Early survey saw great value in Longview area’s agricultural prospects

Editor’s note: Reprinted from the May 3, 1970, Longview Morning Journal.

Pioneer settlers were naturally concerned with the prospects for raising a good crop in the Longview area.

The fertile soil, mild climate, nearness to water and rail transportation induced many families to stay and build homes.

In 1849, an English company sent a lawyer-doctor-farmer to investigate agricultural possibilities before deciding whether to sponsor a colony. The versatile Edward Smith, M.D., L.L.B, B.A. etc., made a glowing report on his return to Liverpool.

He devoted particular attention to the cash crops such as cotton, tobacco and livestock. He also investigated fruits, vegetables and grains growing in Northeast Texas.

Dr. Smith said the best cotton produced in the area from Jefferson to Paris and the Red River to the Sabine grew in Cass, Bowie and Harrison counties. The future site of Longview was on the southwestern fringe of this area.

“The cotton thus produced ranks in the New Orleans maket as ‘Red River’ cotton, and is a fine long staple. That produced in Titus, Hopkins, Lamar and Fannin counties is a shade inferior in quality, and consequently in price. The average yield is somewhat under one bale, or 500 pounds per acre.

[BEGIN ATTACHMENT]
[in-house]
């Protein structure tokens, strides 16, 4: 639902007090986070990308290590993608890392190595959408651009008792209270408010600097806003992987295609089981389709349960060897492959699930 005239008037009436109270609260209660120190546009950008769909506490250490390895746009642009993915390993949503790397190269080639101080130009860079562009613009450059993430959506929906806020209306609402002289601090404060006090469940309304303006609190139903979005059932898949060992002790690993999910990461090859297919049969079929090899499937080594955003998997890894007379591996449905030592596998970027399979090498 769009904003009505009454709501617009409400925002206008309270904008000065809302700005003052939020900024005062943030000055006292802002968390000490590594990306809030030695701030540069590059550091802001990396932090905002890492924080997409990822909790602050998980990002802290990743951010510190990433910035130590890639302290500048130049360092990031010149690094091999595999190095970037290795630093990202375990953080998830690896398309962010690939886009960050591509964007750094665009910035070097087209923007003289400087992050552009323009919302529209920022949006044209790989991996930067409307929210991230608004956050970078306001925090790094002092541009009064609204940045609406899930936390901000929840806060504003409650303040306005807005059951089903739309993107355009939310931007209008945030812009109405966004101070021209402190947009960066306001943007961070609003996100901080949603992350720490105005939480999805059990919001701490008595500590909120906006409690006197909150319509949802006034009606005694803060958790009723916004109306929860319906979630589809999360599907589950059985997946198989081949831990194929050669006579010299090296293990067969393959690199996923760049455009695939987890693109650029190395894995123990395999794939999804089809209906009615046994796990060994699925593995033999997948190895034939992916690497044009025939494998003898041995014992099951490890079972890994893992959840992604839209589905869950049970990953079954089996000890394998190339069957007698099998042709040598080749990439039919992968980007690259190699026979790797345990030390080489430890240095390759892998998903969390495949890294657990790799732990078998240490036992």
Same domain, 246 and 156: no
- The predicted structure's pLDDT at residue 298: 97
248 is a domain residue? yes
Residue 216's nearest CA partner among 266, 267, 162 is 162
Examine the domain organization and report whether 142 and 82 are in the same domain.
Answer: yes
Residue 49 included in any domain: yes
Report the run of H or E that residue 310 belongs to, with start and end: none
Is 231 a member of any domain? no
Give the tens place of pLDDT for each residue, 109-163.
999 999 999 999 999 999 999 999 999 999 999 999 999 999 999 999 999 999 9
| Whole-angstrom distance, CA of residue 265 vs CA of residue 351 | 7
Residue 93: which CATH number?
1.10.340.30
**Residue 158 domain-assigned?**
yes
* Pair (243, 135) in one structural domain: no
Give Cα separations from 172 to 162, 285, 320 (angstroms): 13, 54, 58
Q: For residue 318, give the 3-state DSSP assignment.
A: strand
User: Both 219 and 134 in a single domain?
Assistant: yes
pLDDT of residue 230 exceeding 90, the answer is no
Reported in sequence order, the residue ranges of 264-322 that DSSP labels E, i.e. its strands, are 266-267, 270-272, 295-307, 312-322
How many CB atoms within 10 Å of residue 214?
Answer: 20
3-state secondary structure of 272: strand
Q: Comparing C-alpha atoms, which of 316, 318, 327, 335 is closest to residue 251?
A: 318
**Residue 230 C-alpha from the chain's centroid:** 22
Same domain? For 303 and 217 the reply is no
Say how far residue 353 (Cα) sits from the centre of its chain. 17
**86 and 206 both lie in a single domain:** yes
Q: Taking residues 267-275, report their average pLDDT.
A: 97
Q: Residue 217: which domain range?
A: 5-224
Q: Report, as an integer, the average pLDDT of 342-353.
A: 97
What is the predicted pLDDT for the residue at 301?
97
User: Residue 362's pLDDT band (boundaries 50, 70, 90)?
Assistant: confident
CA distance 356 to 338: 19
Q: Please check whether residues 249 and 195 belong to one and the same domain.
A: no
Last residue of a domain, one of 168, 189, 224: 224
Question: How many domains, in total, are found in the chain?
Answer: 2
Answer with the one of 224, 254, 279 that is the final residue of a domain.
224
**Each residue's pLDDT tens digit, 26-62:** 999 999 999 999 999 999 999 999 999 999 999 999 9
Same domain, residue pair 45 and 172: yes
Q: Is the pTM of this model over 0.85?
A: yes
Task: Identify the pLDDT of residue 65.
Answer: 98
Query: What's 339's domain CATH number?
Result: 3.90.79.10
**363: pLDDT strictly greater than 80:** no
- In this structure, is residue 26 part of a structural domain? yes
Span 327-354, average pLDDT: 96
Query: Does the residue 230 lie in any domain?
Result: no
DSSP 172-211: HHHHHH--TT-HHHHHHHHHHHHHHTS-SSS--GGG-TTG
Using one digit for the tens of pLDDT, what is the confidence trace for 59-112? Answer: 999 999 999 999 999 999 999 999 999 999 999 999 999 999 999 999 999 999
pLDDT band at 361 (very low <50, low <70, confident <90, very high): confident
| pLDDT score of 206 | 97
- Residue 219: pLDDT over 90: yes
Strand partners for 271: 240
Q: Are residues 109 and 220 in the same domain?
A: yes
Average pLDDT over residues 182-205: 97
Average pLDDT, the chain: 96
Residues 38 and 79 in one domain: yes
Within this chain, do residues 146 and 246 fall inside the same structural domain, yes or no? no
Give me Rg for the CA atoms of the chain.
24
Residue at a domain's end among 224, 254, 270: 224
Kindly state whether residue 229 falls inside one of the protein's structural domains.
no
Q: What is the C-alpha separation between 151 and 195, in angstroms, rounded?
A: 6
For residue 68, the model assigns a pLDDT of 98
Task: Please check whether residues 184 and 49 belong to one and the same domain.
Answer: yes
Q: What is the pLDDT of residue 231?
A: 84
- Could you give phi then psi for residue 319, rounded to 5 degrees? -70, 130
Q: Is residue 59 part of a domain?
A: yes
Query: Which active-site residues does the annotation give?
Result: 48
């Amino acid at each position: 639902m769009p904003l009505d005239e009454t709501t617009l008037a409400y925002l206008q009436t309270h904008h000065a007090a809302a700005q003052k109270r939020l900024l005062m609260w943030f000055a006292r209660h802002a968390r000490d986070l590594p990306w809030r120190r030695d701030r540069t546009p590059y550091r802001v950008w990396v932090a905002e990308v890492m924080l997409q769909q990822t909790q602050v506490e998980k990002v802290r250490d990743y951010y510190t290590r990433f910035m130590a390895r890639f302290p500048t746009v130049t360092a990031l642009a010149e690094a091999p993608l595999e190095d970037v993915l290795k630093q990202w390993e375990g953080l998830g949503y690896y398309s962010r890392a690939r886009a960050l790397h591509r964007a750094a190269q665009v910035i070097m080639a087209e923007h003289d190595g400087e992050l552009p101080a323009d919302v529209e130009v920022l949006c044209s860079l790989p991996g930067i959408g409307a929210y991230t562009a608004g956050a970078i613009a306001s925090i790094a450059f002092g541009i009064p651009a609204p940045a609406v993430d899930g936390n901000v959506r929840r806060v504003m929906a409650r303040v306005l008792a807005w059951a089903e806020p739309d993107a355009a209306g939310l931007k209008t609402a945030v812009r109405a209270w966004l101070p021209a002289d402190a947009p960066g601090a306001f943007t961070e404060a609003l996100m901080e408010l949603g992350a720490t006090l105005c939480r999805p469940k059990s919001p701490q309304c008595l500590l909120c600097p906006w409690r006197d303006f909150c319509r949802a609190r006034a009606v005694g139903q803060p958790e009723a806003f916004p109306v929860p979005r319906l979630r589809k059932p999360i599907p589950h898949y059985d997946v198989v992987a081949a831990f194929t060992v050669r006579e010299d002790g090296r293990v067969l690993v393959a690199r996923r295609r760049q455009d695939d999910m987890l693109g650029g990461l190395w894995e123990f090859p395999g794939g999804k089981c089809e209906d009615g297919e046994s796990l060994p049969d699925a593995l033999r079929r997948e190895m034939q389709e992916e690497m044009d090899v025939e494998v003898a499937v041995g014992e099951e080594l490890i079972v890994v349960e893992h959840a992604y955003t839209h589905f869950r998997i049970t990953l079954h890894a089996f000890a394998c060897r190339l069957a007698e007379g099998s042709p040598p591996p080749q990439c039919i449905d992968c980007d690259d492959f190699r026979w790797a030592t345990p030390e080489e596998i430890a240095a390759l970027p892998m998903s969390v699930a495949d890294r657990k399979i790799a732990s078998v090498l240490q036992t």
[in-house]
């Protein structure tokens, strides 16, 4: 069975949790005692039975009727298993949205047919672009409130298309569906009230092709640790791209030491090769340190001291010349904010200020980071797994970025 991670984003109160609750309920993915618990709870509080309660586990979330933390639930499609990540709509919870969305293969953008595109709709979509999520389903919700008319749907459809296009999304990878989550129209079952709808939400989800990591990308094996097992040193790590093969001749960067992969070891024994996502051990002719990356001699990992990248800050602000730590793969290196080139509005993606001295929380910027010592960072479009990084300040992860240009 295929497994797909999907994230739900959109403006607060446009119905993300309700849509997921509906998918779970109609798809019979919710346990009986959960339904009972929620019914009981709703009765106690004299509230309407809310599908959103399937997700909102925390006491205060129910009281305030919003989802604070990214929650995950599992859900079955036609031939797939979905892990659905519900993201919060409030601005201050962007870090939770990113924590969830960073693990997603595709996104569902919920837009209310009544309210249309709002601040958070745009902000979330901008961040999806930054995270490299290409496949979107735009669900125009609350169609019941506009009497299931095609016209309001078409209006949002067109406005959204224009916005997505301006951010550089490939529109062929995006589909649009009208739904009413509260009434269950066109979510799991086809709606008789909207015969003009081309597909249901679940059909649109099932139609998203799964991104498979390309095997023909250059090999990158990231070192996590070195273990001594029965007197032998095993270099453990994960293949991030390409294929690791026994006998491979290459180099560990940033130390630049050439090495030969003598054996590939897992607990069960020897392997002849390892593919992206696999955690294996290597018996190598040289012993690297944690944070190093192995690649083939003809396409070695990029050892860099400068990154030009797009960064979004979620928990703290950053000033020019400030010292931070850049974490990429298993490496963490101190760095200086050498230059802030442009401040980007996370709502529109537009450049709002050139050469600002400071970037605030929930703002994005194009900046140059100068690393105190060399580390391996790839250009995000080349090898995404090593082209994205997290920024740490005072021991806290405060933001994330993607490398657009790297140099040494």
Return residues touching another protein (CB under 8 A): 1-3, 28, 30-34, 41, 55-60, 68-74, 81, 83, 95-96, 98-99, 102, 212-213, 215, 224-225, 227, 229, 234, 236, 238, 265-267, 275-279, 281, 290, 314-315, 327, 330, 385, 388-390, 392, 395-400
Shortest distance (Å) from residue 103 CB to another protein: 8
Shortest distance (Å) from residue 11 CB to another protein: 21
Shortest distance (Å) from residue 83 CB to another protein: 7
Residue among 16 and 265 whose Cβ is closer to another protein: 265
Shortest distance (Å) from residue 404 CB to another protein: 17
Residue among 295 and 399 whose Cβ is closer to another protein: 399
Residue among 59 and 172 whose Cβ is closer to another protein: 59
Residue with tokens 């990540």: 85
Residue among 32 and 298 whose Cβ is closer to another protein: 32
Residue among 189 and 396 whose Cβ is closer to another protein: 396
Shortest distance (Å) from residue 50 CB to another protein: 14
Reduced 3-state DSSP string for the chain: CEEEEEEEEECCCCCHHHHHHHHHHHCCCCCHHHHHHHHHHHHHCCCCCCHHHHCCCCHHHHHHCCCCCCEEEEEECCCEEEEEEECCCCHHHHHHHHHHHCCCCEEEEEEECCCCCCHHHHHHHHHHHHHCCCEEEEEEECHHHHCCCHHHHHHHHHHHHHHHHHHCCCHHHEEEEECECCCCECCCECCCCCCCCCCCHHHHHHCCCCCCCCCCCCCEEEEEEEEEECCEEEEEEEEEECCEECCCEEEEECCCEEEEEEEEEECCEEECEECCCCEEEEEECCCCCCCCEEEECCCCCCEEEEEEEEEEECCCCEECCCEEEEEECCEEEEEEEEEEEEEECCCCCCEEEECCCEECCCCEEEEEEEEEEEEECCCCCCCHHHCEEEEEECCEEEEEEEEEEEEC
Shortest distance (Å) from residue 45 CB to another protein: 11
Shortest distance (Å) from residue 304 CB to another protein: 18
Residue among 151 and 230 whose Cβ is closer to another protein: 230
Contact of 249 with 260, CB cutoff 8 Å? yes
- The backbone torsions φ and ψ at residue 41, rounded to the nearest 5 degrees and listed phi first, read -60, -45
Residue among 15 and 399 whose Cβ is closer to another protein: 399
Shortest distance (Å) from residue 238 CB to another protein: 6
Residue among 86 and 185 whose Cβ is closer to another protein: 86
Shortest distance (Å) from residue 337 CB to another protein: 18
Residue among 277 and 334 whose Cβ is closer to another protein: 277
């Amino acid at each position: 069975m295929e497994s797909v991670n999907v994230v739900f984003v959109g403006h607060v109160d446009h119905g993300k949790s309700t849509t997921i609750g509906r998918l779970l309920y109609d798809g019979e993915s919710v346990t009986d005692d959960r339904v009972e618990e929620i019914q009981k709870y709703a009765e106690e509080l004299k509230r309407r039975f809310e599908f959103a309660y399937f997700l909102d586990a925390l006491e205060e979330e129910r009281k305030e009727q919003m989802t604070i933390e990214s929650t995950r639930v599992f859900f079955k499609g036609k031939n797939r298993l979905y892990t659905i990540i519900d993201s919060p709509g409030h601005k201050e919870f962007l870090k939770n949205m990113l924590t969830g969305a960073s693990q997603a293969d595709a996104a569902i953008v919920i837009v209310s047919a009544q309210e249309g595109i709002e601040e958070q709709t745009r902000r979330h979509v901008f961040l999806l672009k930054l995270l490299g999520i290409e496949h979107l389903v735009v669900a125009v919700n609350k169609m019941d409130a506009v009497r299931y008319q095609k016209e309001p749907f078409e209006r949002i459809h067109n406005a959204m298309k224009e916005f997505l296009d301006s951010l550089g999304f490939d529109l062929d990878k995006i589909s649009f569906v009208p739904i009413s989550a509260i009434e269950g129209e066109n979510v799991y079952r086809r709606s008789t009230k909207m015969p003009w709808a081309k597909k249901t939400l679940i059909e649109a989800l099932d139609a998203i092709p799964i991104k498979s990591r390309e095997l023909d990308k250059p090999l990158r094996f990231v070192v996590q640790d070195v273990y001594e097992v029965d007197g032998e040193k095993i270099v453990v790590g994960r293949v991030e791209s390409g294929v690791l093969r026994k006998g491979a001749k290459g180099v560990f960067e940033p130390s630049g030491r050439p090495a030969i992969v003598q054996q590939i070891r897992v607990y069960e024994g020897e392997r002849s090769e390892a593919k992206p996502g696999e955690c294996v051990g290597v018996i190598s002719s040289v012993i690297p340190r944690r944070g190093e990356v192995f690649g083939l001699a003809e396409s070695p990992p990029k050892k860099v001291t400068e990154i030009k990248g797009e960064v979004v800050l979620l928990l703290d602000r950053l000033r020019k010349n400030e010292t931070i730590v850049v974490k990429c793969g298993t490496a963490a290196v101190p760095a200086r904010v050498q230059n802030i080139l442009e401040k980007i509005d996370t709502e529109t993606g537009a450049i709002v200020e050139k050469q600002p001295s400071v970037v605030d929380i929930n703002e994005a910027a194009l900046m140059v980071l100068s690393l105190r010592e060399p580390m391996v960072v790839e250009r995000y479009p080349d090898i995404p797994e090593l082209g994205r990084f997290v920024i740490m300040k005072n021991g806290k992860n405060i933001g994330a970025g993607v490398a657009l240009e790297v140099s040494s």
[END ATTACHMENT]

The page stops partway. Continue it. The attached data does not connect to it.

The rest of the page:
The past season the price in Titus, Hopkins and Lamar counties was just under five cents, but financial return is apt to vary greatly.”

He noted that tobacco was not cultivated as an article of exportation, “but for home consumption it sells for one shilling per pound. I saw it growing most luxuriantly in Lamar County and nearly every farmer grows it for his own use.”

Dr. Smith said that flax would grow readily, but he did not see it under cultivation.

“We saw every variety of vegetables known to the English gardener growing luxuriantly, Irish and sweet potatoes, cabbage, cauliflower, peas, beans, rhubarb, beet-root, lettuce, celery, parsnips, carrots, turnips and tomatoes make good crops. There is not a month in the year in which the settlers have not fruit and garden vegetables.”

The corn crop, he noticed, was of fine quality and produced in every county.

“The supply is not by any means equal to the demand, so that the price is far higher than in any other State of the Union. In no instance did we find it selling for less than 75 cents per bushel. … The usual price throughout the country is 50 cents per bushel.”

Apples were seen throughout the region, and, he said, “Figs grow luxuriantly, but are not much cultivated at present. Peaches are highly prized. They are grown by every settler for the purpose of making dried fruits or for feeding swine. We also saw apricots.”

Smith was overwhelmed with the potential profitability of the livestock industry. He said the exportation of “salted meats” and hides would soon be profitable.

He noted that cattle purchased for $10 in Lamar County could be transported for little over $5 to New Orleans and sold for $45.